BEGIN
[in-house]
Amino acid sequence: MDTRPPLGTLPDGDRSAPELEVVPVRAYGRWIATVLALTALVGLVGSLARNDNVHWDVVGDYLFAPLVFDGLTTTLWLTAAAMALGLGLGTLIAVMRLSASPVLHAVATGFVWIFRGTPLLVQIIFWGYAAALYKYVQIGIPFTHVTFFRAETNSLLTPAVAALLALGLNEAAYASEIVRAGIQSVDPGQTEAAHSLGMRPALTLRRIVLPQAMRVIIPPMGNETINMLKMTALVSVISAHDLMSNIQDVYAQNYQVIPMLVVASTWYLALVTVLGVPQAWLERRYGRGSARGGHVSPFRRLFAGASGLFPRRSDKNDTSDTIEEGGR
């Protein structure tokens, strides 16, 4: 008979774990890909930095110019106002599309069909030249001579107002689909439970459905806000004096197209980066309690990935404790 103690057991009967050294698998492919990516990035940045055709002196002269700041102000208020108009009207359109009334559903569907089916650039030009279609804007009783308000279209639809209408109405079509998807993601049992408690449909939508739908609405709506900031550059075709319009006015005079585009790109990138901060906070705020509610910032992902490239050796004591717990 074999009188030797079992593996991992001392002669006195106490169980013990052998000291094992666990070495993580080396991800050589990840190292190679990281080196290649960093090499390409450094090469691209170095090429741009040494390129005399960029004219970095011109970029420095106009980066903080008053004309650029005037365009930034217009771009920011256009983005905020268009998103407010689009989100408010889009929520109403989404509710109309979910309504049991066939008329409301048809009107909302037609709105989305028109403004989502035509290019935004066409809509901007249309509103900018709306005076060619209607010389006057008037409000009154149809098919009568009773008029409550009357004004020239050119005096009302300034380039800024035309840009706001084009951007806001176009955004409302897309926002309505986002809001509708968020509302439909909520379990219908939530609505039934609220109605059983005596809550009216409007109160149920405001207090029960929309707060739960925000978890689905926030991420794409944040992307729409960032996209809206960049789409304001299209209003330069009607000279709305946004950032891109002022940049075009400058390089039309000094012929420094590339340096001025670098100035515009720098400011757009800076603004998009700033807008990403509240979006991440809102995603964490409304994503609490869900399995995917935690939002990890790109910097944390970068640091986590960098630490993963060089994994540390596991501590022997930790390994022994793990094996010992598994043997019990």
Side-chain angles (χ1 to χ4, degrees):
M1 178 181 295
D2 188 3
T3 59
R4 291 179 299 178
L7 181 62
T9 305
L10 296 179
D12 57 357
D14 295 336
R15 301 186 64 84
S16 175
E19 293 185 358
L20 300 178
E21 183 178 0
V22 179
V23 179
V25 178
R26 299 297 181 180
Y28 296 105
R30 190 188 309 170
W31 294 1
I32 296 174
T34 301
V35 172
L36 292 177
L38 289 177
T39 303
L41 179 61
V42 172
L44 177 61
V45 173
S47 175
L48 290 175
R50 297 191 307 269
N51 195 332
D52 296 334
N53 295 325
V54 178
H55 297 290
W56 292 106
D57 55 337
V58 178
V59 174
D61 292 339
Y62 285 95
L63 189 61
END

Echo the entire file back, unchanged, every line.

[in-house]
Amino acid sequence: MDTRPPLGTLPDGDRSAPELEVVPVRAYGRWIATVLALTALVGLVGSLARNDNVHWDVVGDYLFAPLVFDGLTTTLWLTAAAMALGLGLGTLIAVMRLSASPVLHAVATGFVWIFRGTPLLVQIIFWGYAAALYKYVQIGIPFTHVTFFRAETNSLLTPAVAALLALGLNEAAYASEIVRAGIQSVDPGQTEAAHSLGMRPALTLRRIVLPQAMRVIIPPMGNETINMLKMTALVSVISAHDLMSNIQDVYAQNYQVIPMLVVASTWYLALVTVLGVPQAWLERRYGRGSARGGHVSPFRRLFAGASGLFPRRSDKNDTSDTIEEGGR
């Protein structure tokens, strides 16, 4: 008979774990890909930095110019106002599309069909030249001579107002689909439970459905806000004096197209980066309690990935404790 103690057991009967050294698998492919990516990035940045055709002196002269700041102000208020108009009207359109009334559903569907089916650039030009279609804007009783308000279209639809209408109405079509998807993601049992408690449909939508739908609405709506900031550059075709319009006015005079585009790109990138901060906070705020509610910032992902490239050796004591717990 074999009188030797079992593996991992001392002669006195106490169980013990052998000291094992666990070495993580080396991800050589990840190292190679990281080196290649960093090499390409450094090469691209170095090429741009040494390129005399960029004219970095011109970029420095106009980066903080008053004309650029005037365009930034217009771009920011256009983005905020268009998103407010689009989100408010889009929520109403989404509710109309979910309504049991066939008329409301048809009107909302037609709105989305028109403004989502035509290019935004066409809509901007249309509103900018709306005076060619209607010389006057008037409000009154149809098919009568009773008029409550009357004004020239050119005096009302300034380039800024035309840009706001084009951007806001176009955004409302897309926002309505986002809001509708968020509302439909909520379990219908939530609505039934609220109605059983005596809550009216409007109160149920405001207090029960929309707060739960925000978890689905926030991420794409944040992307729409960032996209809206960049789409304001299209209003330069009607000279709305946004950032891109002022940049075009400058390089039309000094012929420094590339340096001025670098100035515009720098400011757009800076603004998009700033807008990403509240979006991440809102995603964490409304994503609490869900399995995917935690939002990890790109910097944390970068640091986590960098630490993963060089994994540390596991501590022997930790390994022994793990094996010992598994043997019990």
Side-chain angles (χ1 to χ4, degrees):
M1 178 181 295
D2 188 3
T3 59
R4 291 179 299 178
L7 181 62
T9 305
L10 296 179
D12 57 357
D14 295 336
R15 301 186 64 84
S16 175
E19 293 185 358
L20 300 178
E21 183 178 0
V22 179
V23 179
V25 178
R26 299 297 181 180
Y28 296 105
R30 190 188 309 170
W31 294 1
I32 296 174
T34 301
V35 172
L36 292 177
L38 289 177
T39 303
L41 179 61
V42 172
L44 177 61
V45 173
S47 175
L48 290 175
R50 297 191 307 269
N51 195 332
D52 296 334
N53 295 325
V54 178
H55 297 290
W56 292 106
D57 55 337
V58 178
V59 174
D61 292 339
Y62 285 95
L63 189 61